Many of us have seen the television shows depicting homes filled from floor to ceiling with newspapers, garbage, and ‘things’. The images of rotten food, dead vermin, and insect infestations fill many of us with shock, horror, confusion, and sadness. How did this happen? Why won’t the person part with all the ‘stuff’? Typically, we associate hoarding with adults, but did you know that children and teenagers also hoard, and if we do not implement appropriate interventions now, this hoarding behaviour will continue to escalate and continue into adulthood?
Hoarding disorder has only recently been added to the DSM-5 (Diagnostic and Statistical Manual of Mental Disorders, 5th Edition) and is classified under Obsessive Compulsive and Related Disorders category. Hoarding is defined “as the acquisition of and failure to discard possessions of little use or value” (Frost & Gross, 1993, p.367). Approximately two to six percent of children/teenagers hoard. The typical age of onset of compulsive hoarding begins around the age of 11 to 15 years old, however, children as young as 6 to 7 years old can be hoarders.
Hoarding can be thought of as a type of anxiety disorder which typically occurs with OCD (obsessive compulsive disorder). Hoarding rarely occurs on its own. Storch et al., (2016) demonstrated that hoarding symptoms/behaviours are both common and clinically significant in children and teenagers with ASD (autism spectrum disorder) and Hacker et al (2016) reported a high prevalence of hoarding in children with ADHD. Hoarding behaviour is also common in children/teenagers with developmental disabilities, major depressive disorder and anxiety disorders.
Messy rooms in kids are common, but kids who hoard tend to acquire or hold onto objects that most of us consider garbage or useless, and struggle when asked to part with or discard them. Children and teenagers who hoard develop overpowering emotional attachments to their possessions resulting in cluttered rooms. Kids who hoard appear to lack awareness that their behaviours are problematic and are so worried about their possessions that it interferes with daily life (Child Mind Institute, 2019). They may become angry, anxious, distressed if their ‘things’ are taken away. Over time, these kids may experience bullying, social isolation, peer rejection and be thought of as ‘weird’ or ‘crazy’ as friends and family struggle to understand the hoarding behaviours.
It is thought that the core features of hoarding partially arise from observed deficits in executive functioning e.g. organization, sustained attention, long-term planning. Risk factors include:
- Family history
- Stressful event (ACEs). It is estimated that 50 percent of hoarding behaviour is preceded by a traumatic event e.g. death of loved one, divorce, move to new school/home, house fire
- Pre-existing mental disorder: anxiety (25 percent) OCD (20 percent) depression (70 percent)
- ADHD (30 percent)
Signs A Child/Teenager May Have a Hoarding Disorder
- Bed is used for storage with no area to sleep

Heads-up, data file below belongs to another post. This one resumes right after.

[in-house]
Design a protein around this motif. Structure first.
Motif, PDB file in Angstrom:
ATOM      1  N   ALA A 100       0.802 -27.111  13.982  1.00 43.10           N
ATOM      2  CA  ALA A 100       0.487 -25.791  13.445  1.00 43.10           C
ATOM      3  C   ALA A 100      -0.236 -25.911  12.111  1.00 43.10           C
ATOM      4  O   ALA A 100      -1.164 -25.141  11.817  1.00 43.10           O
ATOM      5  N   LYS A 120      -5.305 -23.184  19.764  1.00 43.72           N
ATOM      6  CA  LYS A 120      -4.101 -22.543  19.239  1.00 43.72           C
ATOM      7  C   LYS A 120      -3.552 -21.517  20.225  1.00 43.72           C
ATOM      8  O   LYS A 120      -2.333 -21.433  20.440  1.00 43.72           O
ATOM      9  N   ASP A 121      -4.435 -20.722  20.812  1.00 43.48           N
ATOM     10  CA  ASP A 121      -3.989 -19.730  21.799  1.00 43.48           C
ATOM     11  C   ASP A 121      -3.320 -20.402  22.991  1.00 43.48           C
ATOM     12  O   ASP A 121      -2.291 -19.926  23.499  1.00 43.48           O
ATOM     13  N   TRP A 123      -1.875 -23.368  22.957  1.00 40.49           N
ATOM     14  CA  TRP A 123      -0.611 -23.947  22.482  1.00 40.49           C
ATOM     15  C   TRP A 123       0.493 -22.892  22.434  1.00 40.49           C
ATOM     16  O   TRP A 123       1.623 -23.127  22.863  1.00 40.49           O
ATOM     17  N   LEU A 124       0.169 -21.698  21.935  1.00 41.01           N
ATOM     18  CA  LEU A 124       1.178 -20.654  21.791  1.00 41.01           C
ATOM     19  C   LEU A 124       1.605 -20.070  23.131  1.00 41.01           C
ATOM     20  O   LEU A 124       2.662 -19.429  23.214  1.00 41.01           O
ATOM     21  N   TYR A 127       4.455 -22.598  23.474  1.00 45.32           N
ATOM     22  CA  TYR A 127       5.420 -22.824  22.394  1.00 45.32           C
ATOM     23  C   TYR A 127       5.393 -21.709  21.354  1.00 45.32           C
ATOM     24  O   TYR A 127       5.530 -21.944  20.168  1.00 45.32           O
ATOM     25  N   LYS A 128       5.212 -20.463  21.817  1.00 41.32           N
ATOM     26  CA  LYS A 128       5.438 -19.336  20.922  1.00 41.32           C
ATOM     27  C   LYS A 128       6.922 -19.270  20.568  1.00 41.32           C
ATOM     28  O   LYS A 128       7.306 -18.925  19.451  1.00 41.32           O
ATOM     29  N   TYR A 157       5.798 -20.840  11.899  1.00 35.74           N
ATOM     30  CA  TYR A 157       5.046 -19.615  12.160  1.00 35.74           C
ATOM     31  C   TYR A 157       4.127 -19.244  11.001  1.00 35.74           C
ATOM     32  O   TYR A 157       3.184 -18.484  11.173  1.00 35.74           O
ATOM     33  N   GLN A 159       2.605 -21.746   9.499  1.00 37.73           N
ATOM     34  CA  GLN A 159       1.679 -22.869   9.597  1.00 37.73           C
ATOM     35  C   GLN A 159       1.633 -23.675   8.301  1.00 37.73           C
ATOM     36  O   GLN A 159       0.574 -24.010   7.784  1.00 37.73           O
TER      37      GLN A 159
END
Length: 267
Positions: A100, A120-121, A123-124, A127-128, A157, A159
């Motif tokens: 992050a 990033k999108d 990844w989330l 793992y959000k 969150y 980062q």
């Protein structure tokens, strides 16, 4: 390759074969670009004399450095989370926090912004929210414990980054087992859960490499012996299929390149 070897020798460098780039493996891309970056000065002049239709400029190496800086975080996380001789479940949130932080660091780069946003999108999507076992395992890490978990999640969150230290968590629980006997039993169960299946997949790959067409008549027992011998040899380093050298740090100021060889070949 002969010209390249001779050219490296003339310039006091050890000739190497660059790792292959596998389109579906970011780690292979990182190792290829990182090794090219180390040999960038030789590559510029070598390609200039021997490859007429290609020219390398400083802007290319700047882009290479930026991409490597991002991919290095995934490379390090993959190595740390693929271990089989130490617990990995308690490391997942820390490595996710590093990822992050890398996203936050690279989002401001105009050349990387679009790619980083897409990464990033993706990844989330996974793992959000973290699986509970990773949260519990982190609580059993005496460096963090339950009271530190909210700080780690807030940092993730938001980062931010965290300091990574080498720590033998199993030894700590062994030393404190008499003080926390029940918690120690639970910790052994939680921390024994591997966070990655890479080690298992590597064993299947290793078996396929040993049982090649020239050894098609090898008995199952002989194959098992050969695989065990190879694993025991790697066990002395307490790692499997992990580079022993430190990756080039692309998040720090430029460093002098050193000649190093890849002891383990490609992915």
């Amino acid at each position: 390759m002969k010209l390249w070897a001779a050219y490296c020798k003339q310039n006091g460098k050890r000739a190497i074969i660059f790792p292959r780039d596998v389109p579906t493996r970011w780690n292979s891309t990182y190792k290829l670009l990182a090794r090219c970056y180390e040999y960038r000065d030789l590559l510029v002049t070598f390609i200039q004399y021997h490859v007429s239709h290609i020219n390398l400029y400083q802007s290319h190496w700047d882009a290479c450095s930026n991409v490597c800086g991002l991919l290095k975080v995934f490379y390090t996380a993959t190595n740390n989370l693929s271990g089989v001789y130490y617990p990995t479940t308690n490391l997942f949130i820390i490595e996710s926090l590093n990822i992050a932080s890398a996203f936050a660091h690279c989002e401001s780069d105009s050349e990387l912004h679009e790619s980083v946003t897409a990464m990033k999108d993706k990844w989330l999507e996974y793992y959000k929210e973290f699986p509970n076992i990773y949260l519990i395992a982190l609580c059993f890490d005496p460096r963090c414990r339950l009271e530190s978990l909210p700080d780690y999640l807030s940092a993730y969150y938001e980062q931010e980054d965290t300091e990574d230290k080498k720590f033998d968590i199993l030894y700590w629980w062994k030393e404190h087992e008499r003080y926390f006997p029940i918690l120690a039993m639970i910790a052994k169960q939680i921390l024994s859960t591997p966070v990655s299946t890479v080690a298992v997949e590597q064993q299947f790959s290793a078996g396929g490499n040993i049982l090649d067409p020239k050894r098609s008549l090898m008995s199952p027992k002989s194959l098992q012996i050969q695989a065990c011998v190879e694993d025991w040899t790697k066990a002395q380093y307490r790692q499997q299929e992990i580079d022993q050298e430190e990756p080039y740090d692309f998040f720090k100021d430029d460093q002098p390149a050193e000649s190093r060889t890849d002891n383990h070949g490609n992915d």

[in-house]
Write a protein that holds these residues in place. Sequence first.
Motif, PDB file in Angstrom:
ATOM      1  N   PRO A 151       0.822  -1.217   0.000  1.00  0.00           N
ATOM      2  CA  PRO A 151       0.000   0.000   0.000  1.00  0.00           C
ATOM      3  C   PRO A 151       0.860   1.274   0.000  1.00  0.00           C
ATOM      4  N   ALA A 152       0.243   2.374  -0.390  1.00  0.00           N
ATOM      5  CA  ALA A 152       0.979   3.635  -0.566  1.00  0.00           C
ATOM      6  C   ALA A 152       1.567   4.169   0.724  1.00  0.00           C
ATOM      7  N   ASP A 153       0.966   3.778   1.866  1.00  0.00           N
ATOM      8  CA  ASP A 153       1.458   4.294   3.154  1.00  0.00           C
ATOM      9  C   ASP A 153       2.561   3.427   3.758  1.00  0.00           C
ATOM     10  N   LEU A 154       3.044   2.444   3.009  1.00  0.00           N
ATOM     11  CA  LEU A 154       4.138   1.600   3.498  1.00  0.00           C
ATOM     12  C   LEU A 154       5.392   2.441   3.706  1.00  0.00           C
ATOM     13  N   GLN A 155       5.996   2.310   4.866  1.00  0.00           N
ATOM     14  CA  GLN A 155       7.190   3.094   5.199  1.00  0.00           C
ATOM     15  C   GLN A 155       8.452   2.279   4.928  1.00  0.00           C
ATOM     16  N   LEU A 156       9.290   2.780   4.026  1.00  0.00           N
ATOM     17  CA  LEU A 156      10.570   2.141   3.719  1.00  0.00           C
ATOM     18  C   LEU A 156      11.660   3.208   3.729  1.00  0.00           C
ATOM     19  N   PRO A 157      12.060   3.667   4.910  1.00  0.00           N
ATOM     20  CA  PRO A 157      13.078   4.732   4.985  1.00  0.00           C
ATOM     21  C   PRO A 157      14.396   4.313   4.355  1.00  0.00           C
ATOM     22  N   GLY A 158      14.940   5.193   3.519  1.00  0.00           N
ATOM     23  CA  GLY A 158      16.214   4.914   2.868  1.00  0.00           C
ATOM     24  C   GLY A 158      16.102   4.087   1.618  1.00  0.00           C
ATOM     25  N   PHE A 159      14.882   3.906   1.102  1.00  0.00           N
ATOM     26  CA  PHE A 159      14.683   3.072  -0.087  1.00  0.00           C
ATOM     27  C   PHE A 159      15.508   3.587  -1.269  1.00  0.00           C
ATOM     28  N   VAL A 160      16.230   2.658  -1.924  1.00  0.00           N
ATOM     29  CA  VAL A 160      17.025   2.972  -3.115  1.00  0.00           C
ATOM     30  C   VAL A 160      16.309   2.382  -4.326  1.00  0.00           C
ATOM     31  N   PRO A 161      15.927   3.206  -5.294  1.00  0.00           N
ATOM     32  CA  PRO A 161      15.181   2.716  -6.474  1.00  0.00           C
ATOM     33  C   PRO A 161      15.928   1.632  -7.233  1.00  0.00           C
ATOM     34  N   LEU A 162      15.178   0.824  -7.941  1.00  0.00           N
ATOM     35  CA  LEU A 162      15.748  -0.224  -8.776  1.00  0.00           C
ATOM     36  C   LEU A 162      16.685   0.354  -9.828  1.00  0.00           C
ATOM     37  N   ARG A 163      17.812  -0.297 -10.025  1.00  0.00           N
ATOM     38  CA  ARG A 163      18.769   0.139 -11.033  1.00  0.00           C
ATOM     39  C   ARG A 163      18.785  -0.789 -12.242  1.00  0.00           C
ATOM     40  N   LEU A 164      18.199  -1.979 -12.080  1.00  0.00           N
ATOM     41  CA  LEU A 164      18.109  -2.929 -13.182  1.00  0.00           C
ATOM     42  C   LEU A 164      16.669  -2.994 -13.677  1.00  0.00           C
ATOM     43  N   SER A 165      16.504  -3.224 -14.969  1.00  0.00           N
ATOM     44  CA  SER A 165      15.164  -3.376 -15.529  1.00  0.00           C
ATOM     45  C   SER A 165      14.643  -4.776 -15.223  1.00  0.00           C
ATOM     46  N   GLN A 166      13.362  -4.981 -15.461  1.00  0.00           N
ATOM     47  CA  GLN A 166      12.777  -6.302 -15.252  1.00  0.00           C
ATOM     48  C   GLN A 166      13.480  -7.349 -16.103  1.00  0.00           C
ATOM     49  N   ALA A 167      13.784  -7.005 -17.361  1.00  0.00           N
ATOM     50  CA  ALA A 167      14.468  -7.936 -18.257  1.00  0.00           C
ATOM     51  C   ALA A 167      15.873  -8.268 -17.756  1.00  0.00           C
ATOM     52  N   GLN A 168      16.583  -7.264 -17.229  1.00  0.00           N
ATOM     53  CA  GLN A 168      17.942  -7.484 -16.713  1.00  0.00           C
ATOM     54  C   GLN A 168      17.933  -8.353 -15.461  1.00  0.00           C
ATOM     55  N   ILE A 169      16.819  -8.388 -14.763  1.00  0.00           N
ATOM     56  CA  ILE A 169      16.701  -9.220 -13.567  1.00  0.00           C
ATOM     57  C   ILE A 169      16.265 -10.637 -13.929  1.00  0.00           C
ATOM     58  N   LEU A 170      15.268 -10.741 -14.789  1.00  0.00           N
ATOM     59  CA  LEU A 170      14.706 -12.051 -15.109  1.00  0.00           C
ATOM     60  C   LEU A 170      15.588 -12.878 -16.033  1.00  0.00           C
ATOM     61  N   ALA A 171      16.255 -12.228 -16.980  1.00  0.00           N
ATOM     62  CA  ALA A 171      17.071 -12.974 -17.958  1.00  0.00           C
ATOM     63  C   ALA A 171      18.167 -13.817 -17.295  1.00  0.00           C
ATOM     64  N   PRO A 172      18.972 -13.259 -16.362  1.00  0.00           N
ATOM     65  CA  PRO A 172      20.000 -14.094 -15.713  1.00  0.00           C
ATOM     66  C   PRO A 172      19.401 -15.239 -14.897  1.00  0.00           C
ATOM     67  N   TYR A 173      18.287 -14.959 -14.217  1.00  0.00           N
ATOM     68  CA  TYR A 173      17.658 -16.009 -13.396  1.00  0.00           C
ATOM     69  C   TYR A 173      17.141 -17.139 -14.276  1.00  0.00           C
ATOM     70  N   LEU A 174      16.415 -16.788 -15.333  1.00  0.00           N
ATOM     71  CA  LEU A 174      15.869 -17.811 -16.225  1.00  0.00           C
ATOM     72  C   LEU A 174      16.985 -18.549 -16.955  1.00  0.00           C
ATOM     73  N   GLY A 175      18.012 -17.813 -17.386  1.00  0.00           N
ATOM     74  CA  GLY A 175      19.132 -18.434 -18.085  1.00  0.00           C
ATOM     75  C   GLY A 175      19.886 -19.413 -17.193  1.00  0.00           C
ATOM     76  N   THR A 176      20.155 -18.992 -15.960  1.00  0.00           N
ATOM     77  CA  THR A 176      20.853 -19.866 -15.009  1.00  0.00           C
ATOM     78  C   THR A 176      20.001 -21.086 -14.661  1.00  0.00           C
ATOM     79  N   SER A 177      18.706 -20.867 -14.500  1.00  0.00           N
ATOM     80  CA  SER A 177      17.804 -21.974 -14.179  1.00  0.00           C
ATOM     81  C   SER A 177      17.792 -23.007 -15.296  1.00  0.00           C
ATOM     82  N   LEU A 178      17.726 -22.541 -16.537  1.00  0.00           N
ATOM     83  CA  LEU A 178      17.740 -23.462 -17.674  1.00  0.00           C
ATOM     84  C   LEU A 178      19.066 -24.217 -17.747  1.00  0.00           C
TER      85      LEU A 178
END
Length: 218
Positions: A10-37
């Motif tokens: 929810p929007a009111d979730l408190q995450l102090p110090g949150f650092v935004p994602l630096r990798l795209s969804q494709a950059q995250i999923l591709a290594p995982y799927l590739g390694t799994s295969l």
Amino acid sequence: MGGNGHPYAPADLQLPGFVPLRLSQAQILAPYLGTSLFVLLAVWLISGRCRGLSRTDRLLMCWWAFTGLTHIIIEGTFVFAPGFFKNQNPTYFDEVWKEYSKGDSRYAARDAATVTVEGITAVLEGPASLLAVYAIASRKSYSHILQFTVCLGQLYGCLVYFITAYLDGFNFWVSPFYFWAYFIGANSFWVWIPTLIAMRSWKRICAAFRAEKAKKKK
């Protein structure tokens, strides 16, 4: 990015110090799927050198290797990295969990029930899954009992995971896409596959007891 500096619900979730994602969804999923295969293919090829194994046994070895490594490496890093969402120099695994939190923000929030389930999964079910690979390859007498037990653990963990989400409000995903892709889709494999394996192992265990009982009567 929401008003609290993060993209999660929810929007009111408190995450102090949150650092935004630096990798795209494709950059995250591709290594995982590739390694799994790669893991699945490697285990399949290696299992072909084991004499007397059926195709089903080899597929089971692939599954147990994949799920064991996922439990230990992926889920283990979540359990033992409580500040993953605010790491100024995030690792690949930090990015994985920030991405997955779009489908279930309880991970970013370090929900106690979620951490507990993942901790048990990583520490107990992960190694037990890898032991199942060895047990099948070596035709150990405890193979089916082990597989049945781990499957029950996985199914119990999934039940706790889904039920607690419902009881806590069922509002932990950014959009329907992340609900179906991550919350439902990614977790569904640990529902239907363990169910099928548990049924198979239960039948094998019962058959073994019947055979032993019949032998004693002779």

- Desk is covered with ‘stuff’
- Bedroom floor full of clutter
- Closet and drawers are filled with ‘stuff’
- Overfilled toy box, shelves, containers in bedroom
Treatment of a hoarding disorder depends on the age of the child/teenager. For young children (8 years and younger) psychologists typically work with the parent(s) to set up a behavioural plan to stop the child from acquiring more things, and to use incentives to work on gradually getting rid of hoarded items. For older children/teenagers, experts agree that CBT (cognitive behavioural therapy) is effective. This therapy helps the child/teenager understand why he/she feels compelled to hoard. The psychologist works with the child/teenager and teaches him/her to decide which items are worth keeping and what can be discarded or donated. Medications, namely antidepressant (SSRIs) may also be given if the child/teenager has a co-existing mental disorder and/or the hoarding behaviour is extreme.
What Can Parents Do?
- Restrict space for hoarding e.g. bed and desk must be clear at all times
- Use one in one out method e.g. donation bin
- Reward appropriate behaviour e.g. discards item of no value. Reward should not be a new toy or tangible item
- Be patient and show love
- Be an active participant in treatment program
- Talk with siblings, other family about strategies to help child/teenager
- Talk with child/teenager about his/her ‘collection/things’ listen, be supportive, non-judgemental, do not invalidate, punish, or humiliate
- Encourage child/teenager to put extra special treasured items in a memory box
- Arrange a day and time when backpack, bedroom, toy box is checked for useless items, hoarded food
- Set aside one on one time to do fun activities with child/teenager
Child Mind Institute – https://childmind.org
Frost, R.O., and Gross, R.C. (1993). The Hoarding of Possessions. Behaviour Research and Therapy, 31 (4):367-81.
Hacker, L.E., Park, J.M., Timpano, K.R., Cavitt, M.A., Alvaro, J.L., Lewing, A.B., et al. (2016). Hoarding in Children with ADHD. Journal of Attention Disorders, 20(7): 617-26.
Storch, E.A., Nadeau, J.M., Johnco, C., Timpano, K., McBride, N., Jane Mutch, P., et al. (2016). Hoarding in youth with autism spectrum disorders and anxiety: incidence, clinical correlates and behavioural treatment response. Journal of Autism Dev Disord, 46(5):1602-12.
In my next Blog#31
I Will Discuss Sleep and Mental Illness